Plan your visit, see when the RAF Museum Cosford is open. Contact us on 01902 376 200 or email@example.com
How to find us and travel to the RAF Museum Cosford by car, train, bus or bike.
Enjoy lunch in Refuel with views overlooking the airfield. The Citroen Van in the National Cold War Exhibition is ideal for morning coffee and a cake.
The Royal Air Force Museum Shop has a gift for everyone from pocket money toys to specialist aviation gifts.
A car parking charge Is payable
See what events are scheduled at Cosford
Find out the latest news and updates for our Cosford site
Summer Time Advanced Aerospace Residency
Plan a day, see the opening hours & closure dates for RAF Museum London. Contact us on 020 8205 2266 or firstname.lastname@example.org
How to find us and travel to the RAF Museum London by car, train, bus or bike.
Discover our brand new green space in which to picnic and relax
Explore our brand new outdoor playground
We now have six charging points for electric vehicles
When you need to refuel during your visit why not visit Claude's between Hangars 2 and 6? At this eatery you will find a variety of delicious home-made offerings to suit all tastes and pockets
Step back into time and onto Lancaster Bomber 'G for George' to witness this iconic campaign
Sit in our Mk16 Spitfire and receive a tour of its cockpit or try out our new virtual reality experience and pilot your own Spitfire. Charges apply.
Specially created for visitors 3 - 8 by our Access and Learning Team
See what events are planned at our London site
Read the latest news from our London Museum
Find out how to become a member and support the RAF Museum.
Get more from the Museum and be part of the RAF Story
Want to know more about how to leave a Legacy to the RAF Museum?
Interested in sponsorship opportunities?
Want to become a Patron?
Find out more about our American Foundation?
Join the RAF Museum as a volunteer and create a unique experience for yourself and our visitors. Bring your enthusiasm, knowledge and skills or try something new.
A little information about what you can expect from us and what we ask of our volunteers.
Find out about our recruitment process, what you gain and who our volunteering is for (everyone!)
If you have any questions about supporting the RAF Museum, here you can find out how to contact our Fundraising Department.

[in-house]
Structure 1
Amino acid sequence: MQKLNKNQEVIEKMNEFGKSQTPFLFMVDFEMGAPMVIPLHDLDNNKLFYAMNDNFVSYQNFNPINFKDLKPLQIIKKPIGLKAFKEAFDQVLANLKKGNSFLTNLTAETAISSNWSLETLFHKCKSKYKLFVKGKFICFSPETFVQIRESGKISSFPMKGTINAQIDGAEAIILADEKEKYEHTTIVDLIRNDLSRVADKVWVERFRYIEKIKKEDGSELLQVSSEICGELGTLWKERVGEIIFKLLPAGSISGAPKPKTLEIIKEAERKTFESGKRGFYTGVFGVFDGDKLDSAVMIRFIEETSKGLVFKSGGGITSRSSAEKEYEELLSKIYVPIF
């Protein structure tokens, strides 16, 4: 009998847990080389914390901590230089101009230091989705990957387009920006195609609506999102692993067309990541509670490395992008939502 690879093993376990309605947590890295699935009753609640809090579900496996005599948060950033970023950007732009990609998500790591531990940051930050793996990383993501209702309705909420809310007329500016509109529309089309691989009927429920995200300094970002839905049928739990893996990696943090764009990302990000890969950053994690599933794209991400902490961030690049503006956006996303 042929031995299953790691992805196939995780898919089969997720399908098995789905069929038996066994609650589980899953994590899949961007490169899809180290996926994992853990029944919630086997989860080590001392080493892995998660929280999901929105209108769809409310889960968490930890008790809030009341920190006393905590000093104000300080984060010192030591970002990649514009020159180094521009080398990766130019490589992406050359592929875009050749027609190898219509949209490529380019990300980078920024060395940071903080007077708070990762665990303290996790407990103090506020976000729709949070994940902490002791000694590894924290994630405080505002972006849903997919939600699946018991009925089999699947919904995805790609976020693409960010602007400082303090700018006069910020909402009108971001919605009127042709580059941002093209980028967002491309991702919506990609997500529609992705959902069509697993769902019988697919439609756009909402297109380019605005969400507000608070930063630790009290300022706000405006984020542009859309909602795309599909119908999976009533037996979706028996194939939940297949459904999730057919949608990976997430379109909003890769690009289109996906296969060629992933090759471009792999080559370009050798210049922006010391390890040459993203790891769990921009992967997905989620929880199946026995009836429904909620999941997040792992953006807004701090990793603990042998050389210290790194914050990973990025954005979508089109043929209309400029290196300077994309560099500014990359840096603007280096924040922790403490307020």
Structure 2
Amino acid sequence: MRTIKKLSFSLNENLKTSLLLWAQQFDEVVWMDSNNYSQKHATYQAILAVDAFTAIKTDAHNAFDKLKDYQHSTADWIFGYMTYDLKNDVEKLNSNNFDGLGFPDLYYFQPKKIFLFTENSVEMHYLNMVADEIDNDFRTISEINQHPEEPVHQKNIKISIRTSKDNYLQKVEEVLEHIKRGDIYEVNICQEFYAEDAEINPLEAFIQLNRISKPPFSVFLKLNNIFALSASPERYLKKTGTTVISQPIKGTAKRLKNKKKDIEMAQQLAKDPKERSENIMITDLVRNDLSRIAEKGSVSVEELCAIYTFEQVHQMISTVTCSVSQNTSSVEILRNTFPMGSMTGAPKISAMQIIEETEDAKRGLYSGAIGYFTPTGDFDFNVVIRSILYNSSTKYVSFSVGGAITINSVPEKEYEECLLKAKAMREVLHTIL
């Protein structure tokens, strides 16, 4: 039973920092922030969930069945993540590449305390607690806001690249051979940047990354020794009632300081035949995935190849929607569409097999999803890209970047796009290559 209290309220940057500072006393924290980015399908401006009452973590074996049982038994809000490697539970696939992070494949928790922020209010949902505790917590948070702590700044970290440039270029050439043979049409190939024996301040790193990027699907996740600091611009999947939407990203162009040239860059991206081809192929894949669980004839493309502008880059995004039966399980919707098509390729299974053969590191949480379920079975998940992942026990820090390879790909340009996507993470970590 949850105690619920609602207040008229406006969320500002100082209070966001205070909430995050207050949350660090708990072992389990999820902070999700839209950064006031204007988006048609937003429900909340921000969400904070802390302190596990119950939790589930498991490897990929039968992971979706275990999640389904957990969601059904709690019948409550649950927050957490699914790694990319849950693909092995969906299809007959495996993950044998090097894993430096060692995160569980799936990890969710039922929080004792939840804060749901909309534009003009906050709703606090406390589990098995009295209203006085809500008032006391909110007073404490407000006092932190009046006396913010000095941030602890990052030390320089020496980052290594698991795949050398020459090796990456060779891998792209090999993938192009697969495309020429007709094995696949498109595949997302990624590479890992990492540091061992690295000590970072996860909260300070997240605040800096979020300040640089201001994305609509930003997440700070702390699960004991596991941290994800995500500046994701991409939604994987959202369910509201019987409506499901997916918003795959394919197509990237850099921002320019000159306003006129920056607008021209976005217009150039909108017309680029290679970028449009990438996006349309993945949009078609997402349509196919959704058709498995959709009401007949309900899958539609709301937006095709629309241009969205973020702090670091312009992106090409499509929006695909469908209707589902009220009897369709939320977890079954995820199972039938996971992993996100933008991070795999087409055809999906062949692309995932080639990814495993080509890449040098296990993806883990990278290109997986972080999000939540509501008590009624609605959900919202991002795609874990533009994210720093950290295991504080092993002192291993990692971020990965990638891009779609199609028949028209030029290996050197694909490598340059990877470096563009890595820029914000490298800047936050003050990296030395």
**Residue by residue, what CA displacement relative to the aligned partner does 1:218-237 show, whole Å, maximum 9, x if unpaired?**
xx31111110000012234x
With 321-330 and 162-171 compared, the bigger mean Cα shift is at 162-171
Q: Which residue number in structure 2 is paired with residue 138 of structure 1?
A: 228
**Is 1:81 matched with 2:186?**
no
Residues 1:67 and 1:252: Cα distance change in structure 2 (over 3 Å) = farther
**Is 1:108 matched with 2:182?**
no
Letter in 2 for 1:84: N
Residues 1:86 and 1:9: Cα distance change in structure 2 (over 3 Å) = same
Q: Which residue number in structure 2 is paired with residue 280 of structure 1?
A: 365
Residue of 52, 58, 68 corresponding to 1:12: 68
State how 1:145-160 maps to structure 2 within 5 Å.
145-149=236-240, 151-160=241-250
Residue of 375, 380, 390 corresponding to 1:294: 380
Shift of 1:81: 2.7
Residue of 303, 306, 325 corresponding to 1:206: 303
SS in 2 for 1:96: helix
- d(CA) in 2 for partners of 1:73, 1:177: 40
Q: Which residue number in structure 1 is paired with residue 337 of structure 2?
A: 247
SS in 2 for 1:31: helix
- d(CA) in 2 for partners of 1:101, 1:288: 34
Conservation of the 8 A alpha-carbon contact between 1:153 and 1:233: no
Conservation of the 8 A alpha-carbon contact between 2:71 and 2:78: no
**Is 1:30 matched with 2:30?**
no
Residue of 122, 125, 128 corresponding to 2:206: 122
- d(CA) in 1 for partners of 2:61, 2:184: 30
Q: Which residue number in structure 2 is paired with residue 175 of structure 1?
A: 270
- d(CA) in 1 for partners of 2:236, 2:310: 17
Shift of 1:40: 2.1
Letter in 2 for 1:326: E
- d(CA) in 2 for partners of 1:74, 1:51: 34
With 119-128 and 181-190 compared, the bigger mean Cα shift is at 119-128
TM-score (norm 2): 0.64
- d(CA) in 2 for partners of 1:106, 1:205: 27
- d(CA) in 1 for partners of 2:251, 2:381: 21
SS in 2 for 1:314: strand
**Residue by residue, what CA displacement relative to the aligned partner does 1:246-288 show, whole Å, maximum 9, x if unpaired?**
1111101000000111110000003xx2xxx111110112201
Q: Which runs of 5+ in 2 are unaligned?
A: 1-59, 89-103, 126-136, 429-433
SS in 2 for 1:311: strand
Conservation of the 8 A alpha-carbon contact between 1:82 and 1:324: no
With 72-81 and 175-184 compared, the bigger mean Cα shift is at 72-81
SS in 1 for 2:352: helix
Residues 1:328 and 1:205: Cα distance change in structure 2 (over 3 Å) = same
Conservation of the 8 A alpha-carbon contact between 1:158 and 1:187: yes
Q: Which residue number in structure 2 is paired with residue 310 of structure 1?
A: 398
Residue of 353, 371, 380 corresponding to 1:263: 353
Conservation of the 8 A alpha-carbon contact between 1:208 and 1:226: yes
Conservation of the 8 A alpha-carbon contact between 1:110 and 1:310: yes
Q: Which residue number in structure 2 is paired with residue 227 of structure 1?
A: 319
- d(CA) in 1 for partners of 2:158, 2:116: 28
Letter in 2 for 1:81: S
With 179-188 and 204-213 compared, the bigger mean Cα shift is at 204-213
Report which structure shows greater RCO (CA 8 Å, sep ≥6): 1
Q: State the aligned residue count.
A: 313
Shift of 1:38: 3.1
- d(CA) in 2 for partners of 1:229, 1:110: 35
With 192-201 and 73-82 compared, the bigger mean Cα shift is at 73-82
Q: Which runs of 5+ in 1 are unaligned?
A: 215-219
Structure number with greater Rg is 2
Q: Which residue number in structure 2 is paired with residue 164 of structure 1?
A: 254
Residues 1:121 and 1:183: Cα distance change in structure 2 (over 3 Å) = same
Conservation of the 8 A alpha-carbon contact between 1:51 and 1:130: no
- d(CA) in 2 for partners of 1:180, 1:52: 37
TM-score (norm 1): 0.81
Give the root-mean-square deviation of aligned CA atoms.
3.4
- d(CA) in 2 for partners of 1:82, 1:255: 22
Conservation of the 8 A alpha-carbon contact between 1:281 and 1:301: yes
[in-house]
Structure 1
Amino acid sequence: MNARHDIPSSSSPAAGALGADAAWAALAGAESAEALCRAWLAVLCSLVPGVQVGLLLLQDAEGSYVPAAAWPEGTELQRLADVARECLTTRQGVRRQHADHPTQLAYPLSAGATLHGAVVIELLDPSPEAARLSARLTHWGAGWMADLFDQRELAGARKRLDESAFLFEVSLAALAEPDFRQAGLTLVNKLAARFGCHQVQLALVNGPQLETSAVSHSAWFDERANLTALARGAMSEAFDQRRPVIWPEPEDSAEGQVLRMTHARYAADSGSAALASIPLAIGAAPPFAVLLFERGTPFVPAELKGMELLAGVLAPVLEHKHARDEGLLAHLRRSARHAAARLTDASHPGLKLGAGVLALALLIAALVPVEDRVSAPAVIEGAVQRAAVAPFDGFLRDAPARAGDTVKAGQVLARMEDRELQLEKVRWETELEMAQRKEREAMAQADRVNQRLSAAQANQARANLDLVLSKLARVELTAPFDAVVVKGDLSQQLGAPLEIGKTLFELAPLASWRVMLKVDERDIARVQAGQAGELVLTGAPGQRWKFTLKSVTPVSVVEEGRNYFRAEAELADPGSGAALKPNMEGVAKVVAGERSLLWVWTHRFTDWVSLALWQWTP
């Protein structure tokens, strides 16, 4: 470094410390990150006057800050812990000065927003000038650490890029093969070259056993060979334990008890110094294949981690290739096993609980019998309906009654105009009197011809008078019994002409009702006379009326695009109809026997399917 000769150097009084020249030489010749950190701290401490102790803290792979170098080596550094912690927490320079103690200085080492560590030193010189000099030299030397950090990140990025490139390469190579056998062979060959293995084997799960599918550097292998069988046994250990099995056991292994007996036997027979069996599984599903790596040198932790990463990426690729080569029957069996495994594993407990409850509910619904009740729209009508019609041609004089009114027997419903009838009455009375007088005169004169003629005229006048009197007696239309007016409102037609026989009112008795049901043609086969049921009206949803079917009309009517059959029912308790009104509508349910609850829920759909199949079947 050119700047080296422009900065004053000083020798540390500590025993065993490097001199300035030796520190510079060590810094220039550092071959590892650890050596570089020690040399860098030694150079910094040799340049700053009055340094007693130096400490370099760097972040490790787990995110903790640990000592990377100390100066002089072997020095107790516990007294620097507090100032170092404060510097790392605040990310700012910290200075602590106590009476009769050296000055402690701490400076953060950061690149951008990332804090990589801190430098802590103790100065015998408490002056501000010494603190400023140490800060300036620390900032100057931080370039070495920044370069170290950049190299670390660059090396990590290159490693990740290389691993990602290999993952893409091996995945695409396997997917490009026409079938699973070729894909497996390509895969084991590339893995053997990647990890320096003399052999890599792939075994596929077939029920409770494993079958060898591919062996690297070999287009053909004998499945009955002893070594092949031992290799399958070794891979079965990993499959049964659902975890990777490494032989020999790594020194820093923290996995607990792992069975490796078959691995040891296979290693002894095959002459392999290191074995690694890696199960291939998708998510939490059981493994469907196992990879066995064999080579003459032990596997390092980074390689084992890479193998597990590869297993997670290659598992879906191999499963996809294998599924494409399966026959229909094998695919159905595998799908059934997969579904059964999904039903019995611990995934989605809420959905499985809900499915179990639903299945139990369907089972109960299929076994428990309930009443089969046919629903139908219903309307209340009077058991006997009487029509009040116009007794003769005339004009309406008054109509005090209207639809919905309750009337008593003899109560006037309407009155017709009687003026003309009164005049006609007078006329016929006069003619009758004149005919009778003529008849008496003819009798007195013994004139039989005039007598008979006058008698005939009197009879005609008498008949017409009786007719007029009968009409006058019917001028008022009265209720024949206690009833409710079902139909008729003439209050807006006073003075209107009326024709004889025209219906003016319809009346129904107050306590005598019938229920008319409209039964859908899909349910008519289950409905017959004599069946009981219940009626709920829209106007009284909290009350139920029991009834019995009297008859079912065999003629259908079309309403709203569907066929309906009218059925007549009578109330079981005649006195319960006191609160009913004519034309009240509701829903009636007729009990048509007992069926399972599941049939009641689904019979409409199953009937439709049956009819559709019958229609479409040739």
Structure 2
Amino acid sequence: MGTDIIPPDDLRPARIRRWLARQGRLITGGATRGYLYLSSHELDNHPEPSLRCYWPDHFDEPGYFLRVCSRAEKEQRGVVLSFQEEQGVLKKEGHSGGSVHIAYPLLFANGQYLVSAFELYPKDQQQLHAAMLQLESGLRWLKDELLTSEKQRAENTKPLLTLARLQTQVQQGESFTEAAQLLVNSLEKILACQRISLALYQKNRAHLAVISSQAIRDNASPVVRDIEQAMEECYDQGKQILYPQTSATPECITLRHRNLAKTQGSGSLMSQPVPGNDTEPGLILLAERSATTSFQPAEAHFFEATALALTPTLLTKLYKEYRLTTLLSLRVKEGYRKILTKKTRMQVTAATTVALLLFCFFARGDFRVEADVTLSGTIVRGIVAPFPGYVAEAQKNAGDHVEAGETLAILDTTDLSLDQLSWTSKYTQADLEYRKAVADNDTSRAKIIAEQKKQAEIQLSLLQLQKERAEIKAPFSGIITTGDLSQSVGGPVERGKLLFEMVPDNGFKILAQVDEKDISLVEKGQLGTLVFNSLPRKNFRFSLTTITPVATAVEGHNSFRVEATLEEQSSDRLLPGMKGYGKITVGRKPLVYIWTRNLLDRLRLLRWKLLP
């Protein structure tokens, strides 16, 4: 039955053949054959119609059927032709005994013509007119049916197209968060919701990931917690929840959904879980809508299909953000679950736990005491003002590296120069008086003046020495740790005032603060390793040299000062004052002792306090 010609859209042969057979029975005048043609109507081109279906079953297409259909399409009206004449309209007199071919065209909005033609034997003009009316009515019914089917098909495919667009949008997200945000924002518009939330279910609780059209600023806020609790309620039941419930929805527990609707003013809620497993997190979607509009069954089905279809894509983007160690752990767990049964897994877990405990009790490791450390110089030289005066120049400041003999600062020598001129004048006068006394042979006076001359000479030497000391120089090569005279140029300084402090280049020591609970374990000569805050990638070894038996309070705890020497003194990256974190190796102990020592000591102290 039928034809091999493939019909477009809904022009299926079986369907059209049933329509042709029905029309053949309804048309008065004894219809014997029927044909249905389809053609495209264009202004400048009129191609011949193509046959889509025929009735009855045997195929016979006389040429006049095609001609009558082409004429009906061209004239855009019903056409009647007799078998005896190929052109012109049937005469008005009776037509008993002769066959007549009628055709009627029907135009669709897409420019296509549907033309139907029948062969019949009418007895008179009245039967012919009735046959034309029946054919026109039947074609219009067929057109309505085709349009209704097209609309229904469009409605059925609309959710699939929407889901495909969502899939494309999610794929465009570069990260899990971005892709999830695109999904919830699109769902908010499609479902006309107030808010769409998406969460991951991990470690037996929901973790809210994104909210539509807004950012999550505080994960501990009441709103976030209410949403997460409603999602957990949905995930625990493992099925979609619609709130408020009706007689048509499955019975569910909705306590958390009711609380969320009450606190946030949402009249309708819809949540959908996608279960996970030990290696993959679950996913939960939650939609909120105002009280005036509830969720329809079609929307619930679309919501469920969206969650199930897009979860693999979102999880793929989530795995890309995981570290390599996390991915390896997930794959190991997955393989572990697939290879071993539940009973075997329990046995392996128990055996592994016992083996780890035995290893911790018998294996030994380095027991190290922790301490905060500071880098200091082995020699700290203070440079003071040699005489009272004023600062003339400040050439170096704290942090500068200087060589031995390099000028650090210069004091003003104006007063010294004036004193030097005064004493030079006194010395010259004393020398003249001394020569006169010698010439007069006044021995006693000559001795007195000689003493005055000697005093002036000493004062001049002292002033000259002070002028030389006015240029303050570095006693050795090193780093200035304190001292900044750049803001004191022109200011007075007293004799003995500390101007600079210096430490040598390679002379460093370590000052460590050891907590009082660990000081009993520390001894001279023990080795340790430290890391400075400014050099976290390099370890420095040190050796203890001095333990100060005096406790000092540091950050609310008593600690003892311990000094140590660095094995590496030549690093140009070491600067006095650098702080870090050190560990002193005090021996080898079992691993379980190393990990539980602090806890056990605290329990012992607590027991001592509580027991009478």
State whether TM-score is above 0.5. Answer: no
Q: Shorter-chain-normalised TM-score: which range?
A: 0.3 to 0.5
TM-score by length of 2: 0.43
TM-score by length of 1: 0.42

air transport auxiliary,women,ATA,
"How horrible, fantastic, incredible it is that we should be digging trenches and trying on gas-masks here because of a quarrel in a far-away country between people of whom we know nothing!"
Broadcast 27 September 1938
German troops marched back into the Rhineland in March 1936. Austria was annexed on 12 March 1938. Hitler then turned his attention to Czechoslovakia and in particular the Sudetenland region; this was inhabited by a sizable German minority. German preparations for occupation in May 1938 caused Britain, France and Russia to threaten a military response.
On this occasion Hitler backed down but British Prime Minister, Neville Chamberlain, then became a prime mover in appeasing Germany and an attempt to avert another European War.
By the end of September 1938 Chamberlain believed he had won "peace in our time" and this was met with relief in Britain and France and it certainly helped buy another year for British re-armament. At first he was hailed as a hero but as Hitler's duplicity became clear his reputation was forever tarnished by the Munich Agreement.
Within a month of Hitler's promise that the Sudetenland was "his last territorial demand in Europe", he issued secret orders to the German Army to prepare to seize of the rest of Czechoslovakia.
By putting an end to Czechoslovakia's twenty year existence as an independent state Hitler had torn up another clause of the humiliating 1919 Versailles peace treaty. He had also shown the folly of Britain's policy of 'appeasement' towards Hitler.
British Prime Minister, Neville Chamberlain strived for a peaceful settlement. He met Hitler in September 1938, after which Britain and France conferred and withdrew their promise of military support for the Czechs. Hitler wanted immediate occupation but Chamberlain refused and the Czechs mobilised their forces. War seemed imminent.
Chamberlain broke the deadlock by suggesting a final conference with Italy as mediator. Britain (Chamberlain), France (Daladier), Germany (Hitler) and Italy (Mussolini and Foreign Minister Count Ciano) met at Munich to decide Czechoslovakia's future: Czechoslovakia was not consulted. Britain and France backed down and agreed to German occupation of the Sudetenland in return for Hitler's guarantee that this was his last territorial demand in Europe.
"This morning I had another talk with the German Chancellor, Herr Hitler, and here is the paper which bears his name upon it as well as mine... We regard the agreement signed last night and the Anglo-German Naval Agreement, as symbolic of the desire of our two peoples never to go to war with one another again."
Neville Chamberlain Speaking at Heston Airport 30 September 1938
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